Whether you’re new to RVing, or you’ve been on the road for years, mistakes happen. This is completely normal for anyone, and hopefully, you’ll be able to laugh at them later.
The best way to correct a mistake is to prevent it from occurring in the first place. Fortunately, the RV community is full of people who won’t shy away from sharing their blunders— and I’m not afraid to say that I am one of those people.
Today I’ve gathered some of the weirdest, silliest mistakes I’ve ever made, and some that I found online. So please, no judgment. Hopefully, you’re able to avoid these same mistakes that I made with my RV this year.
1. Forgot To Gas Up The Tow Vehicle Before Travel
If you haven’t made this mistake yet, then take note.
This is rumored to be one of the most common newbie mistakes to make. Especially, when traveling with a large travel trailer.
Towing a long trailer is difficult. Maneuvering it around a small gas station is nearly impossible. Hence, you should always try to fill up your tow vehicle the night before you’re going.
Moreover, other motorists at the gas station may not be happy to wait for you to back up, turn, and maneuver your trailer. You’ll likely get some not-so-friendly stares, if not a five-second honk, for the inconvenience.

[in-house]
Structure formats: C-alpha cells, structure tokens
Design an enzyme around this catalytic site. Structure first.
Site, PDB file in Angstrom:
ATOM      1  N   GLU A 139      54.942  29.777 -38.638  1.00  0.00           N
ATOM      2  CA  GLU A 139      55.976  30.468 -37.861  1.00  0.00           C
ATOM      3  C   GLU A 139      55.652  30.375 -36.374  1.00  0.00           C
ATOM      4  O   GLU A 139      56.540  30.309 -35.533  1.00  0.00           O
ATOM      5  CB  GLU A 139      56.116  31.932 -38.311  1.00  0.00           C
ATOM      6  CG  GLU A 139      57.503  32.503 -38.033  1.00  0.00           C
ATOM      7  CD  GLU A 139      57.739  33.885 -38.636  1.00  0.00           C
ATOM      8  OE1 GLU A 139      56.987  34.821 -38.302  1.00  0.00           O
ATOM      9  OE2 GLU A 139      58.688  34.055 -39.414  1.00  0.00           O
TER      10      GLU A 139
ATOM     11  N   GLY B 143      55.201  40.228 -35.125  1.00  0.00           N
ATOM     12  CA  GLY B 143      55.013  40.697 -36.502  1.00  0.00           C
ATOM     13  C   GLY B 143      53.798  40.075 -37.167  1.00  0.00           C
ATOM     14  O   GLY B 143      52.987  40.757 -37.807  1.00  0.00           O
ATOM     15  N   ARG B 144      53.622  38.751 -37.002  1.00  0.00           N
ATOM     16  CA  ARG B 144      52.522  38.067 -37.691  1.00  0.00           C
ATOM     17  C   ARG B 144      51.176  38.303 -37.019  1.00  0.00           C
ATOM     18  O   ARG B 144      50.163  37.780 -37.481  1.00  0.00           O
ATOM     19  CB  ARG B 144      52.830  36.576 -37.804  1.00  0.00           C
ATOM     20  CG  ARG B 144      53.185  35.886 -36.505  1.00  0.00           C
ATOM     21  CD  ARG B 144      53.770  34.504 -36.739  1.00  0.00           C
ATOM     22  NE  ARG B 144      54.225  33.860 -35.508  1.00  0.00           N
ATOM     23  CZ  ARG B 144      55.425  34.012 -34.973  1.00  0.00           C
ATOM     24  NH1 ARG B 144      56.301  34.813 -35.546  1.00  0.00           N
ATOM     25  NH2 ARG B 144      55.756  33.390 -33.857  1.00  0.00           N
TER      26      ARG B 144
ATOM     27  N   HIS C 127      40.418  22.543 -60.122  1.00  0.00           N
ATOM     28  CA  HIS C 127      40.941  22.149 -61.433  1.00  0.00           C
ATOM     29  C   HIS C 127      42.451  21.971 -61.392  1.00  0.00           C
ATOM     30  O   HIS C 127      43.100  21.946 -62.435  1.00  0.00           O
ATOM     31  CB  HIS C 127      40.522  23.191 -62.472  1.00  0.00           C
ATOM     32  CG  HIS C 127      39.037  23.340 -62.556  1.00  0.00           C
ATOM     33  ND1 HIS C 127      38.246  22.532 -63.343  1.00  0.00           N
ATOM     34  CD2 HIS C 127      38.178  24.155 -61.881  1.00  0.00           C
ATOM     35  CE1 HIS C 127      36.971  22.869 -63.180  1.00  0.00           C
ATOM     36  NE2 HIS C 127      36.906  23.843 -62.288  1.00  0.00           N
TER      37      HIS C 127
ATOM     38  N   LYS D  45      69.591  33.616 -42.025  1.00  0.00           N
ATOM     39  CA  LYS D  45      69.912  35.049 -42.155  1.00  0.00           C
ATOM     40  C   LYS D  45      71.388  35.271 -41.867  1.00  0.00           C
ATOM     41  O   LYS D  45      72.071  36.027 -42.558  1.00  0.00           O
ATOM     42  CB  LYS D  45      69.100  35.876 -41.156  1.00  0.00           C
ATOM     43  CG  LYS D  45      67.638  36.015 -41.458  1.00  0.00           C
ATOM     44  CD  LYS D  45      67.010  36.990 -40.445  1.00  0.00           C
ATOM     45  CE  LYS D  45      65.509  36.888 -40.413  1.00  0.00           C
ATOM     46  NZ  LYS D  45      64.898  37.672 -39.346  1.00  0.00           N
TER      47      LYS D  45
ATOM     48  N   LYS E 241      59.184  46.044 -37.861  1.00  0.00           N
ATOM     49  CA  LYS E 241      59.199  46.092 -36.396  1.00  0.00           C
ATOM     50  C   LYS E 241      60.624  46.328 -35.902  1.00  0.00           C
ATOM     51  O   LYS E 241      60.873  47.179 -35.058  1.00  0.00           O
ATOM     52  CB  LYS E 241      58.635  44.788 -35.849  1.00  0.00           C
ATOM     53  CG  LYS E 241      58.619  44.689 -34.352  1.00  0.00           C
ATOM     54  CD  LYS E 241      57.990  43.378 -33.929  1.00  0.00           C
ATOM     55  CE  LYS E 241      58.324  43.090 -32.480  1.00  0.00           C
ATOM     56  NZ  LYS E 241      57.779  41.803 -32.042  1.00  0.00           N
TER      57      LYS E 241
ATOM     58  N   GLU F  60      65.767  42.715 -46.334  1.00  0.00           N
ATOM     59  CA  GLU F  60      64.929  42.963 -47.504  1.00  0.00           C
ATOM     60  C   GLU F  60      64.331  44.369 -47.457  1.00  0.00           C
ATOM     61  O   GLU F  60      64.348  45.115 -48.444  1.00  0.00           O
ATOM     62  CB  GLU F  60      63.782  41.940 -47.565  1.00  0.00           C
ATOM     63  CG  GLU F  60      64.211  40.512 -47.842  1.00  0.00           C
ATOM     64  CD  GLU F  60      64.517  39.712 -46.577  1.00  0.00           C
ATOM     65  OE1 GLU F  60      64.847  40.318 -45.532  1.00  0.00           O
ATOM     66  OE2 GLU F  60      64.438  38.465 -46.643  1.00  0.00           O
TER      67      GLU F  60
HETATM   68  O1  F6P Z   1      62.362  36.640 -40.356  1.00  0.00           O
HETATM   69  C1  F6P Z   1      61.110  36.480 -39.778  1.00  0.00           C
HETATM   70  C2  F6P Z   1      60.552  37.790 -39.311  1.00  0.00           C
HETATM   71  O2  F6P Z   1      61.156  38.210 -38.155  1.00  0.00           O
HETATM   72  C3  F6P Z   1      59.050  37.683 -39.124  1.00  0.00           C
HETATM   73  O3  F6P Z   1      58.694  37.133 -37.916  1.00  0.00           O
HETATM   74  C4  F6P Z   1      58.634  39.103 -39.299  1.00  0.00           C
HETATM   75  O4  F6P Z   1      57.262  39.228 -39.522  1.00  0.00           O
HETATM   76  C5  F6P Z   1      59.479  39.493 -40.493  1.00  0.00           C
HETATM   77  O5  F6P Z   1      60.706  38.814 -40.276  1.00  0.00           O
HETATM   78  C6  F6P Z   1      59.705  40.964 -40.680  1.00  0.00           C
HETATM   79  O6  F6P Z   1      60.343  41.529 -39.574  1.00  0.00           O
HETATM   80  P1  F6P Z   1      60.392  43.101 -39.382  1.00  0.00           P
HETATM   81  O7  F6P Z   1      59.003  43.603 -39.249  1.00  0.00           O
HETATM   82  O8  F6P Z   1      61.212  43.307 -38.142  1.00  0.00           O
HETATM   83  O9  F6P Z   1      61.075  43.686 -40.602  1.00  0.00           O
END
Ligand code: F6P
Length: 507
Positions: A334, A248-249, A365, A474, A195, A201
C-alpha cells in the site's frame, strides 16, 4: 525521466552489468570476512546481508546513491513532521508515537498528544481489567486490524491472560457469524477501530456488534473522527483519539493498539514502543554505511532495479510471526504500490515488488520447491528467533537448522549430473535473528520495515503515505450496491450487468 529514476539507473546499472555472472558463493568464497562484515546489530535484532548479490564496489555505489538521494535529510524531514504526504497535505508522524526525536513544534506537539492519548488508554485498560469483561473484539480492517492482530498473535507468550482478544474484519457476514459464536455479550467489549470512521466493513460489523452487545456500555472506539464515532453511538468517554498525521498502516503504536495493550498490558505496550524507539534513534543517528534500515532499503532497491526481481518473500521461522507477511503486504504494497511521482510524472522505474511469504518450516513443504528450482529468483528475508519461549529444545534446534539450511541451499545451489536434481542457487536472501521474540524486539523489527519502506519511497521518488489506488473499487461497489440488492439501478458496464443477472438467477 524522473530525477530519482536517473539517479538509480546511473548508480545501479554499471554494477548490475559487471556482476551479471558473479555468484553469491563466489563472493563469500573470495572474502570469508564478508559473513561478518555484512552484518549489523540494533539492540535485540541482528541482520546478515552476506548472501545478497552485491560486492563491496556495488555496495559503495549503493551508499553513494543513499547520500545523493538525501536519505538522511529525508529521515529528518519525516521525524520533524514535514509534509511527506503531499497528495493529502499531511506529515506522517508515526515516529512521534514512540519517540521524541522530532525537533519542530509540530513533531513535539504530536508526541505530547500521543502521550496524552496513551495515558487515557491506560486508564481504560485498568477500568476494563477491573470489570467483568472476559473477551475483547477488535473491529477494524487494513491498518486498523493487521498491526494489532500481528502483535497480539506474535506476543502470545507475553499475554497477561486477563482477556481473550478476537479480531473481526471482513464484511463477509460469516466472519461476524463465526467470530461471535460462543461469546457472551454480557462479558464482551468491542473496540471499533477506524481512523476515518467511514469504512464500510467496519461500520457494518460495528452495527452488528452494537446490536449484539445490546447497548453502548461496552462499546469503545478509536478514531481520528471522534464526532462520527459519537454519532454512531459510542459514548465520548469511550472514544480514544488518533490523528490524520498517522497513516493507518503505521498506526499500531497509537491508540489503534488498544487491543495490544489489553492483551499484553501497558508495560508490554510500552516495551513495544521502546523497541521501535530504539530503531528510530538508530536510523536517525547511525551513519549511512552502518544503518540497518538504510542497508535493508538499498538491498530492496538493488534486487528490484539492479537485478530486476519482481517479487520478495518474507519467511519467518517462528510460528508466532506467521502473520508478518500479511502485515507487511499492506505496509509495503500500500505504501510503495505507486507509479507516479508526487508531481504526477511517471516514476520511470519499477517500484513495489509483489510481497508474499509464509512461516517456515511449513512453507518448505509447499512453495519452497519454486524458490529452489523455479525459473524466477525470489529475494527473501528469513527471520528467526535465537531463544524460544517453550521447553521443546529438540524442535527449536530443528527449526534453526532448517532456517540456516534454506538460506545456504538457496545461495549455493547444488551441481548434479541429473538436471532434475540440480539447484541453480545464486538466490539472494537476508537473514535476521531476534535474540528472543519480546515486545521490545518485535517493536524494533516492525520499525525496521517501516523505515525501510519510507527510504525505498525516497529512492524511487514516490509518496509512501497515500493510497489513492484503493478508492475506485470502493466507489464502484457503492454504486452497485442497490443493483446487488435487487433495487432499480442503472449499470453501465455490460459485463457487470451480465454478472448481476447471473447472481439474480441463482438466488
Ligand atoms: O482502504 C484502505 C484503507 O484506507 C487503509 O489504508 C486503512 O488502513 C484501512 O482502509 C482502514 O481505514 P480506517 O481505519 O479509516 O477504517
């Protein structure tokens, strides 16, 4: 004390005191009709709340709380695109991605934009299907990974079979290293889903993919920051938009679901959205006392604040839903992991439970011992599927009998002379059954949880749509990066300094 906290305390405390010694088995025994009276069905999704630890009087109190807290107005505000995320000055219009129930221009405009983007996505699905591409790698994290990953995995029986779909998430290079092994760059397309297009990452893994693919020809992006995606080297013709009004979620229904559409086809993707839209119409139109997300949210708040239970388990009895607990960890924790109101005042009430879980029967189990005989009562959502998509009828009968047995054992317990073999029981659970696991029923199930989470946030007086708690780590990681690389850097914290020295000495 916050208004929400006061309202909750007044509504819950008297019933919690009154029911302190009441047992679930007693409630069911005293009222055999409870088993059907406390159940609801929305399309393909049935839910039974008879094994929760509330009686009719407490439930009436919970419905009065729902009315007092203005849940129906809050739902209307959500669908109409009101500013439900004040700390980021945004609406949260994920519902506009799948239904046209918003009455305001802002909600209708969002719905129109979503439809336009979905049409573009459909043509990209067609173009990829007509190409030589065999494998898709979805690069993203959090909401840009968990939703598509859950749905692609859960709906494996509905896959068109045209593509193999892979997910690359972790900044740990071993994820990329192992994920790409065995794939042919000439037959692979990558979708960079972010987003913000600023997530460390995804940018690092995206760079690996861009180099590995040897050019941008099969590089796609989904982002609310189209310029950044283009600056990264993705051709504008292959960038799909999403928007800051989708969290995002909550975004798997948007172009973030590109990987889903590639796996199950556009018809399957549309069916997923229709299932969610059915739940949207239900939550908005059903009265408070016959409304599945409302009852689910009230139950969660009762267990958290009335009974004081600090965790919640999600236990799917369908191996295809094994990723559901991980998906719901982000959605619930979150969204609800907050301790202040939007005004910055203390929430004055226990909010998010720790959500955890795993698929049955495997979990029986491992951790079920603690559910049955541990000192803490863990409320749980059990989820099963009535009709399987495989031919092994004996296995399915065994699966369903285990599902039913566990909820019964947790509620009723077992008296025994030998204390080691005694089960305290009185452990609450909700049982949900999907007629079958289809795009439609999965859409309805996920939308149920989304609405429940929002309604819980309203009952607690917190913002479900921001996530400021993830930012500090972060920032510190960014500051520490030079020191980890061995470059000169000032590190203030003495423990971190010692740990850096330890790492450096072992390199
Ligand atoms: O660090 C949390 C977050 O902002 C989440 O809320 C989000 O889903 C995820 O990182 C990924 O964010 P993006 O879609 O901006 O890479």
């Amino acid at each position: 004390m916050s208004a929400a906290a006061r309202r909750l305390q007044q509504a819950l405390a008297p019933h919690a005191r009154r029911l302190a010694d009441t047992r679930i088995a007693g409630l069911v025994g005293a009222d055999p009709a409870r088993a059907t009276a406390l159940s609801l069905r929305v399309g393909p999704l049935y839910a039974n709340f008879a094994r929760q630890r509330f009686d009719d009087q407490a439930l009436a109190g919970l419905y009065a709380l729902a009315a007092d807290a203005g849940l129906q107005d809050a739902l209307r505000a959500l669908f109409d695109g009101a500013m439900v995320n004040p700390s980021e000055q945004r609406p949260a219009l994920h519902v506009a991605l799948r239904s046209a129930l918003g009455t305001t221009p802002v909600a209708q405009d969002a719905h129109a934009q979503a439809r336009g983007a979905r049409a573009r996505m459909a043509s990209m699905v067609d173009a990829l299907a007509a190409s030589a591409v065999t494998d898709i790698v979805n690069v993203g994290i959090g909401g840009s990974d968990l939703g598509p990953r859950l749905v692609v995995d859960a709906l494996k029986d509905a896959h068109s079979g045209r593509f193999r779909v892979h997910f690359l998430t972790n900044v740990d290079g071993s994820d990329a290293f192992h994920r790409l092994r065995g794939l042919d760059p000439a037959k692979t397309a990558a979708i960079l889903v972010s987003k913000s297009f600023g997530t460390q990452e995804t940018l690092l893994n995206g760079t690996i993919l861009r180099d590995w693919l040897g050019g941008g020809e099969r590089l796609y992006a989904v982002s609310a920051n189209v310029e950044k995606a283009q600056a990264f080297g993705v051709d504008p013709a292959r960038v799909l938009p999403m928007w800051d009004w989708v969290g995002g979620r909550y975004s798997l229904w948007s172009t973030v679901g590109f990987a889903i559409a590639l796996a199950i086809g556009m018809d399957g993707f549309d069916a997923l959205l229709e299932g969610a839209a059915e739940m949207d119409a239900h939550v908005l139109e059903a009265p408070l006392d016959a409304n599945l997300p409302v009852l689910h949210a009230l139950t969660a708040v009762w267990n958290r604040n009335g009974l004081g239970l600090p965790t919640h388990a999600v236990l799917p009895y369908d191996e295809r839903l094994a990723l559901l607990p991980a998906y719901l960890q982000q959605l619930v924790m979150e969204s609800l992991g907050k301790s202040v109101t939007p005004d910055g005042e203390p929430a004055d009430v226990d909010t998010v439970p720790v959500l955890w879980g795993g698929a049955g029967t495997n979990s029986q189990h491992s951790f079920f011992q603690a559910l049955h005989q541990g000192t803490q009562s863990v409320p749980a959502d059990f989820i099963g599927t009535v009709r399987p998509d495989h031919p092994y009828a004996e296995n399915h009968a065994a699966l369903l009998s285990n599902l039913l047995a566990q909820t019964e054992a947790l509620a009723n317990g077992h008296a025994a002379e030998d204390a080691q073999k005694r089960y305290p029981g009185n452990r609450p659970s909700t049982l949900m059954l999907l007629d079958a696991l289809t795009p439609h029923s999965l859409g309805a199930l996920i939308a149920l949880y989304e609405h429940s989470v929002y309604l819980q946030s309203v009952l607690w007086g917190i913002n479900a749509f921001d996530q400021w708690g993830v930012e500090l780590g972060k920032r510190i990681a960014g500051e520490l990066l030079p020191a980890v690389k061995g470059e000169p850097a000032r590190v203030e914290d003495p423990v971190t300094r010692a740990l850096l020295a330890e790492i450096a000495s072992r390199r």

Fortunately, I’ve got a solution for you. If you forget to fill up the night before, find a truck stop where you can get fuel. Truck drivers tend to understand that you need space and time to move a larger vehicle.
That said, be mindful that these guys are working, so avoid blocking too much space for too long.
2. Not Knowing The Range Of Your Vehicle And Forgetting To Fuel Up In Time
Many RVers will likely travel for years without making this mistake since it’s so obvious.
We always take care and make sure that we’re fueled up and have enough gas to reach our destination.
In saying this, mistakes like these do happen. Your vehicle has a set range of how far it can go on one tank. Pulling a heavy trailer on the back will lower this number significantly.
For example, when you see that your tank is only half full, it’s time to find a gas station. I know this may seem early. However, if you’re traveling in a remote place where you can’t fuel up every 100 miles or so, it’s essential to get a full tank while you can.
One way to avoid this goof is to bring a jerrycan along, full of fuel. Then, in case you run low, you can just top it up so you can safely reach a gas station.
Another tip I have is to download a useful app, such as GasBuddy. These will map out the nearest gas stations and even show you where to get the best price.
3. Not Knowing The Height Of Your New RV
Aah, the old height issue.
How many times have you seen an RV owner being a bit too optimistic and trying to squeeze under a bridge that is too low?